Repatriation of Rohingya refugees begins at the 23. January
In the course of their meeting on January 22, the EU Foreign Ministers should condemn the repatriation initiative (Press Release)
According to the Society for Threatened Peoples (STP), the EU Foreign Ministers should – in the course of their meeting tomorrow – condemn the planned repatriation of Rohingya refugees from Bangladesh to their home country, Burma. “The repatriation initiative, which has been widely discussed in the media, is a cynical farce. It is supposed to give the impression that a considerable number of refugees will be able to return safely. However, most of the 655,000 refugees will not leave Bangladesh voluntarily as long as they are not safe in Burma, and as long they are not granted their human rights,” said Ulrich Delius, the STP’s director, in Göttingen on Sunday. “This is a staged initiative, aimed at reassuring the people and the international community. However, it will not be a solution to the Rohingya crisis, and it will only raise false expectations. As long as the crimes committed in Burma are not brought to light, and as long as minority groups are not safe there, attempts to repatriate the refugees are bound to fail.” The repatriation is scheduled to begin next Tuesday.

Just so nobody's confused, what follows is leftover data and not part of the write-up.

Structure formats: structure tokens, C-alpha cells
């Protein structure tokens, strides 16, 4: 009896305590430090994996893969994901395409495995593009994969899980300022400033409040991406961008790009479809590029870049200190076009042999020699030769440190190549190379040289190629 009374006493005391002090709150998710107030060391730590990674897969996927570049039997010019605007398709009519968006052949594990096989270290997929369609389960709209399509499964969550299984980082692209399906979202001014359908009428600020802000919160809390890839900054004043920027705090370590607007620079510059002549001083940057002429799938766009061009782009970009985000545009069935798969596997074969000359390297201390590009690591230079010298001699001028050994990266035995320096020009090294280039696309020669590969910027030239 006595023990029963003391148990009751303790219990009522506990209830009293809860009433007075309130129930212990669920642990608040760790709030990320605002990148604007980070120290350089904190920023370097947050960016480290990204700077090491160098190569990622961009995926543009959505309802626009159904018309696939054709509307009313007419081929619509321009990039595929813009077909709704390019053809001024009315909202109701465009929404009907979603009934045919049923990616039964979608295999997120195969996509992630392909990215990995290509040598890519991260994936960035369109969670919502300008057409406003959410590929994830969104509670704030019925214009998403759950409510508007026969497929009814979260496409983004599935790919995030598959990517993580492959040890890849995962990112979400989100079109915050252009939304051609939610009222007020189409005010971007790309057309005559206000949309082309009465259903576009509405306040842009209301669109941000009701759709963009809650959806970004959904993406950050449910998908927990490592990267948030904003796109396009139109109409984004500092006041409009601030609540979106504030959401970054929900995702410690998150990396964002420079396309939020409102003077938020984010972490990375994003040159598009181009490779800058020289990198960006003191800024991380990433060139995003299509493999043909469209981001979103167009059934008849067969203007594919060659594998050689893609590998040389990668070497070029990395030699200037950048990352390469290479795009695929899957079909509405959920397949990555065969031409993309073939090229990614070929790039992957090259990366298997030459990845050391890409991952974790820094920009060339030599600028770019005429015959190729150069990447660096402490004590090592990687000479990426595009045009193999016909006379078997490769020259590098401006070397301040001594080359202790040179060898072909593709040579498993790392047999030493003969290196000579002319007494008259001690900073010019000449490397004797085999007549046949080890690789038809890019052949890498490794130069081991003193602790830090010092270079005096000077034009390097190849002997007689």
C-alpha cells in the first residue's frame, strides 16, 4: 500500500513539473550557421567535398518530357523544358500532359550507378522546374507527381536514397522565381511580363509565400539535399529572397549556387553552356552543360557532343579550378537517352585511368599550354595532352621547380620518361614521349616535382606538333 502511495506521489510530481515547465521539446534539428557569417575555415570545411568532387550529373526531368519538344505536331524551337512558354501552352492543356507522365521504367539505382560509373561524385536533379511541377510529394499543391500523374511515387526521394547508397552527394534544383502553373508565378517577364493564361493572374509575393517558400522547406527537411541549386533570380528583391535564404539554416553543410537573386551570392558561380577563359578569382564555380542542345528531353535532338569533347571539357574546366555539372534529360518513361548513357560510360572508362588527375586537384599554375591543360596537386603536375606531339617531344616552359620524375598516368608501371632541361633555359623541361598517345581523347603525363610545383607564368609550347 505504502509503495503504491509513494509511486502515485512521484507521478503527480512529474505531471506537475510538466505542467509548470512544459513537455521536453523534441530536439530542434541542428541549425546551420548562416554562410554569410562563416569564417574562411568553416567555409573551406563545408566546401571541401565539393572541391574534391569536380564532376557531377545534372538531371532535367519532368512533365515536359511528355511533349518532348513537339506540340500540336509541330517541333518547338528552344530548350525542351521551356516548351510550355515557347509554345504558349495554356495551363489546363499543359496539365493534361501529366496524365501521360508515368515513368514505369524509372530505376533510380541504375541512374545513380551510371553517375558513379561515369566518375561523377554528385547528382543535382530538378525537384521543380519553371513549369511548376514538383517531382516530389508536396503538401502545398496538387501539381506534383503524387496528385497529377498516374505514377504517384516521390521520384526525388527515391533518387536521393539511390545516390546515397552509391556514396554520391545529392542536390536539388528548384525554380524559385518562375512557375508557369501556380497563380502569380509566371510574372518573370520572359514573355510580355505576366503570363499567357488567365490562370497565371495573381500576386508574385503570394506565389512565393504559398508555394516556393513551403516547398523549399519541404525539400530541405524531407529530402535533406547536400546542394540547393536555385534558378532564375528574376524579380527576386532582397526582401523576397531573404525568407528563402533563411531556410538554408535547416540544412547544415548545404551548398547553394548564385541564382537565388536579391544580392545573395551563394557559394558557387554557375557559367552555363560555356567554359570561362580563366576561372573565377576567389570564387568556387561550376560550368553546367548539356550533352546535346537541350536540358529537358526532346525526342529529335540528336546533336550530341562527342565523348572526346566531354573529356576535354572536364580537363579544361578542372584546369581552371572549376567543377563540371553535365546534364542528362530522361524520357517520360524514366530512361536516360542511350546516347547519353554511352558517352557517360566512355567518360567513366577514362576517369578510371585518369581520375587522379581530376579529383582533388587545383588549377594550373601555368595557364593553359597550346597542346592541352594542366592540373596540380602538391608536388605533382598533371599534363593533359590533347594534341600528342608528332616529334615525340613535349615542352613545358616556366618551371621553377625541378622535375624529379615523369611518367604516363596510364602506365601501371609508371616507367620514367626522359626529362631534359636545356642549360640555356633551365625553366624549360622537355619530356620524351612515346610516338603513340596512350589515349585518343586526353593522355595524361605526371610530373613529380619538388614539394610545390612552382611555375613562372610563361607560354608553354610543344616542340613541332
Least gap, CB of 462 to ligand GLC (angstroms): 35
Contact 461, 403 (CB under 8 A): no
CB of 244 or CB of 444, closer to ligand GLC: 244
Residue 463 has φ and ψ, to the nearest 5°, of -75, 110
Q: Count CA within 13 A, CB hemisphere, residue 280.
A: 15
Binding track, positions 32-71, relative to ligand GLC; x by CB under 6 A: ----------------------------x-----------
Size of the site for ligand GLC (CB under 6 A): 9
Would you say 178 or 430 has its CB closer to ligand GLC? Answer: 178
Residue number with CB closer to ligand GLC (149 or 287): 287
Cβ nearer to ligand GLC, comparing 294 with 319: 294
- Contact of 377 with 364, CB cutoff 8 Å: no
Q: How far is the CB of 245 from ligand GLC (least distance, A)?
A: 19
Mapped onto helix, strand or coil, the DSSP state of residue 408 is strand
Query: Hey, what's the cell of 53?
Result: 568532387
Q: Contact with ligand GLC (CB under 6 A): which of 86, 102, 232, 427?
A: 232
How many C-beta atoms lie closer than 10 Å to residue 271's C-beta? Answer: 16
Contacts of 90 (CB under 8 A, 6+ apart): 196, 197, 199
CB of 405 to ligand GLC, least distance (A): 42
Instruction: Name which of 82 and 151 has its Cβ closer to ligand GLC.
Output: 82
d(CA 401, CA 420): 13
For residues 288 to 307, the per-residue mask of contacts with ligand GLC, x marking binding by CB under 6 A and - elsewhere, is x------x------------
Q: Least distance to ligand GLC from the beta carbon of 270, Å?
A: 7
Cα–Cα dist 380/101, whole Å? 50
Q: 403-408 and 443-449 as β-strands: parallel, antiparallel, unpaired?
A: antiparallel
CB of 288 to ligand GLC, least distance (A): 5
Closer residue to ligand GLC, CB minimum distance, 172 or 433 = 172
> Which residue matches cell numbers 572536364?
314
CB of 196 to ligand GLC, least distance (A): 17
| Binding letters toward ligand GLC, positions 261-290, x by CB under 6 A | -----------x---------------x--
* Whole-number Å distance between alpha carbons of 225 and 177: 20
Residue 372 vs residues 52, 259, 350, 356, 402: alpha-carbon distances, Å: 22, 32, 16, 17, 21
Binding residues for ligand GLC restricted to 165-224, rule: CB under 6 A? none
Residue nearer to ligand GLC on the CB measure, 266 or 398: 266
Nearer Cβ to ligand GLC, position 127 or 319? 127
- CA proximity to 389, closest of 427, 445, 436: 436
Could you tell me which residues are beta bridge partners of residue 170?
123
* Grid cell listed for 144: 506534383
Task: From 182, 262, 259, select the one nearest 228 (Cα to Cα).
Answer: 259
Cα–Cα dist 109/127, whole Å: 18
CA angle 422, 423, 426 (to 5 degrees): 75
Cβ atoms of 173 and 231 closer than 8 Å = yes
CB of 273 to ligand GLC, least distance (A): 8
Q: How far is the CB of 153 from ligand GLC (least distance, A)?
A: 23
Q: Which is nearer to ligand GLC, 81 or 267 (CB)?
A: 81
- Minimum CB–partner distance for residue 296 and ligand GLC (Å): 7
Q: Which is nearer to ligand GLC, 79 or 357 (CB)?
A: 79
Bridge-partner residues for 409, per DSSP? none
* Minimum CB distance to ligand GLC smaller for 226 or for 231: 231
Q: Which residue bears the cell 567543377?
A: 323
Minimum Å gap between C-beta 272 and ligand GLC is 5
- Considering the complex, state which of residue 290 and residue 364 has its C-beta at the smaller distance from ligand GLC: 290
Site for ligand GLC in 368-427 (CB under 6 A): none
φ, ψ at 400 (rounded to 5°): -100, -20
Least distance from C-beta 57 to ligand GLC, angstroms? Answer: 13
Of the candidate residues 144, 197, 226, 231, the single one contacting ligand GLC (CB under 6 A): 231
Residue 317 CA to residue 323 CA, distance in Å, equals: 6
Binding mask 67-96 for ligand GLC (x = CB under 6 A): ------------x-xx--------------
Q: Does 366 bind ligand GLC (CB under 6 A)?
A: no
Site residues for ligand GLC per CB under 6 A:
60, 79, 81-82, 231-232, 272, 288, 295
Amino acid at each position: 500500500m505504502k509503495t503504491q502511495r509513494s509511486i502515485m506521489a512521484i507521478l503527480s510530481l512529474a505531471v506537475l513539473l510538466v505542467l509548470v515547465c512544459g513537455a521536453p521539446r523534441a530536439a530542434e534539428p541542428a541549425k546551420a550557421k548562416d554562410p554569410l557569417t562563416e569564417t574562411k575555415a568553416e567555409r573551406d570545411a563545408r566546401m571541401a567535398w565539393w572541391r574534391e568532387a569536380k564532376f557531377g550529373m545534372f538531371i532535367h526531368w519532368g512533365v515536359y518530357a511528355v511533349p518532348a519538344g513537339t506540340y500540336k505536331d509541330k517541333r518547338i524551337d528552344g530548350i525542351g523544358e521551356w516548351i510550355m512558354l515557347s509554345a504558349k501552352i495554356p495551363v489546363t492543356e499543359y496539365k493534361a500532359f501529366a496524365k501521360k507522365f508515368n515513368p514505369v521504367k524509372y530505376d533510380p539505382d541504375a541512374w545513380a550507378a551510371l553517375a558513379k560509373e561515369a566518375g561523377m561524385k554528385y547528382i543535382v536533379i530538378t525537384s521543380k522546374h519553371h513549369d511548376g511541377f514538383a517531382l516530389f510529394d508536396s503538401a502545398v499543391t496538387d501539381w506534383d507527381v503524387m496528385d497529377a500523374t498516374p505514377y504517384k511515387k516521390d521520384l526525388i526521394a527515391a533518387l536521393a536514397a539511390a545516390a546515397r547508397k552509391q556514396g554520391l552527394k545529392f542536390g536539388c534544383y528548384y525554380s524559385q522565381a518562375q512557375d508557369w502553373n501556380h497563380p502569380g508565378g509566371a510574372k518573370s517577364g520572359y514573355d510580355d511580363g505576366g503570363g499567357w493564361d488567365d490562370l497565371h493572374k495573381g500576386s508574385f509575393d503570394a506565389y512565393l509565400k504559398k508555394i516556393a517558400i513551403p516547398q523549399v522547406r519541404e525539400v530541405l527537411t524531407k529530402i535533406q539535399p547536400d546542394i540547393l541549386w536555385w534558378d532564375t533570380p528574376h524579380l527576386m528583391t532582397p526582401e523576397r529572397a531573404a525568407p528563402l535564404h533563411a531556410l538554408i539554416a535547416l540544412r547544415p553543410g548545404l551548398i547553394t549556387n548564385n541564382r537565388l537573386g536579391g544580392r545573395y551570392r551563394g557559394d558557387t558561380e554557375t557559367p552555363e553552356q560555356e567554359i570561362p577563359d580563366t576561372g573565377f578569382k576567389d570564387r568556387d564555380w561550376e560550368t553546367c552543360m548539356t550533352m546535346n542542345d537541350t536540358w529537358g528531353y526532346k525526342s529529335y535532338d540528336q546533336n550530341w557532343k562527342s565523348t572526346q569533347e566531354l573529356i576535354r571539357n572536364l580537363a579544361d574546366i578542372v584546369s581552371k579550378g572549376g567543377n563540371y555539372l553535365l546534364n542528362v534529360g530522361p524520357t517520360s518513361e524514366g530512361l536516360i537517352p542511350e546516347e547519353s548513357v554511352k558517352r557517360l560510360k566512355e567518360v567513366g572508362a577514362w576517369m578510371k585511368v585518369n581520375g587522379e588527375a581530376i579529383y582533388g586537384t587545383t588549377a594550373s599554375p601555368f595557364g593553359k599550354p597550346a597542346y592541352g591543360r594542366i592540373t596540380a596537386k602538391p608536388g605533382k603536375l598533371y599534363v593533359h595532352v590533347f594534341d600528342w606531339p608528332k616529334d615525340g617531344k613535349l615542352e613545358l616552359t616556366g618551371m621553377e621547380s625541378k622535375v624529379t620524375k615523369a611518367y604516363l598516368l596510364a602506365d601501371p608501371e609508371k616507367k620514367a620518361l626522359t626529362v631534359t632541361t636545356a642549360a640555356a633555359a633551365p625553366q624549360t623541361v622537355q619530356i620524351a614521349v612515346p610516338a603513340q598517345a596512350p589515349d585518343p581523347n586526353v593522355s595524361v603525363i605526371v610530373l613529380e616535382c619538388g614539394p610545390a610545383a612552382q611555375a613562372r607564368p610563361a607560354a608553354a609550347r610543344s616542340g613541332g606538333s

The governments of Bangladesh and Burma are trying to create the impression that the refugees could be repatriated within two years. “If, however, 1,500 people are repatriated every week – as was agreed – the repatriation will take around nine years. Bangladesh had insisted on 15,000 returnees per week, but had not been able to put across this proposal in the negotiations between the two states on January 15, 2018.
Rohingya exile organizations are demanding more safety for the returning refugees, emphasizing that the process should be monitored by the United Nations High Commissioner for Refugees (UNHCR). Further, there are petitions circulating in the camps, demanding that the Rohingya must officially be recognized as an ethnic group in Burma, and that they must be granted their basic human and civil rights before returning. “However, Burma is still far from that goal,” said Delius.
There are still attacks by the Burmese army against members of the minority group. Due to the ongoing violence, about 70 to 120 Rohingya refugees arrive in Bangladesh every day. But the Bangladeshi authorities are not willing to grant the refugees shelter for a longer term. Around 6,500 refugees are currently trapped in the border area between the two countries. Together with a group of Hindu refugees, they are the supposed to be repatriated first. So far, however, only few members of the Muslim minority are willing to return.
Header Photo: CAFOD Photo Library via Flickr